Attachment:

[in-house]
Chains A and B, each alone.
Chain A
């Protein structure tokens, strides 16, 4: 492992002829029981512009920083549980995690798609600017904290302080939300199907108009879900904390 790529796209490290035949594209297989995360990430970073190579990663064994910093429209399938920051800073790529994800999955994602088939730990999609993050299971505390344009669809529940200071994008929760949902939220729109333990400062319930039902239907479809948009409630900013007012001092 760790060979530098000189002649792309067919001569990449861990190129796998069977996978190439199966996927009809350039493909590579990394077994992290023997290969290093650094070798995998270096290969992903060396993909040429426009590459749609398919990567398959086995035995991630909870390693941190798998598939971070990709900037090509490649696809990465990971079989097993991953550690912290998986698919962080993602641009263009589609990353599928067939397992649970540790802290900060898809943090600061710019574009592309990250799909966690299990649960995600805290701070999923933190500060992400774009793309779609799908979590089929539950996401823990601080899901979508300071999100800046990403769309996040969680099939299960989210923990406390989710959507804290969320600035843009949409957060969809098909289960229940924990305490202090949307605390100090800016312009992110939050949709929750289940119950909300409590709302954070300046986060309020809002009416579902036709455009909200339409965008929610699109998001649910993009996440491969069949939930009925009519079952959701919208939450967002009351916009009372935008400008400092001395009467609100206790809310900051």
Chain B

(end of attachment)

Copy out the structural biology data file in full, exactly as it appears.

[in-house]
Chains A and B, each alone.
Chain A
């Protein structure tokens, strides 16, 4: 492992002829029981512009920083549980995690798609600017904290302080939300199907108009879900904390 790529796209490290035949594209297989995360990430970073190579990663064994910093429209399938920051800073790529994800999955994602088939730990999609993050299971505390344009669809529940200071994008929760949902939220729109333990400062319930039902239907479809948009409630900013007012001092 760790060979530098000189002649792309067919001569990449861990190129796998069977996978190439199966996927009809350039493909590579990394077994992290023997290969290093650094070798995998270096290969992903060396993909040429426009590459749609398919990567398959086995035995991630909870390693941190798998598939971070990709900037090509490649696809990465990971079989097993991953550690912290998986698919962080993602641009263009589609990353599928067939397992649970540790802290900060898809943090600061710019574009592309990250799909966690299990649960995600805290701070999923933190500060992400774009793309779609799908979590089929539950996401823990601080899901979508300071999100800046990403769309996040969680099939299960989210923990406390989710959507804290969320600035843009949409957060969809098909289960229940924990305490202090949307605390100090800016312009992110939050949709929750289940119950909300409590709302954070300046986060309020809002009416579902036709455009909200339409965008929610699109998001649910993009996440491969069949939930009925009519079952959701919208939450967002009351916009009372935008400008400092001395009467609100206790809310900051």
Chain B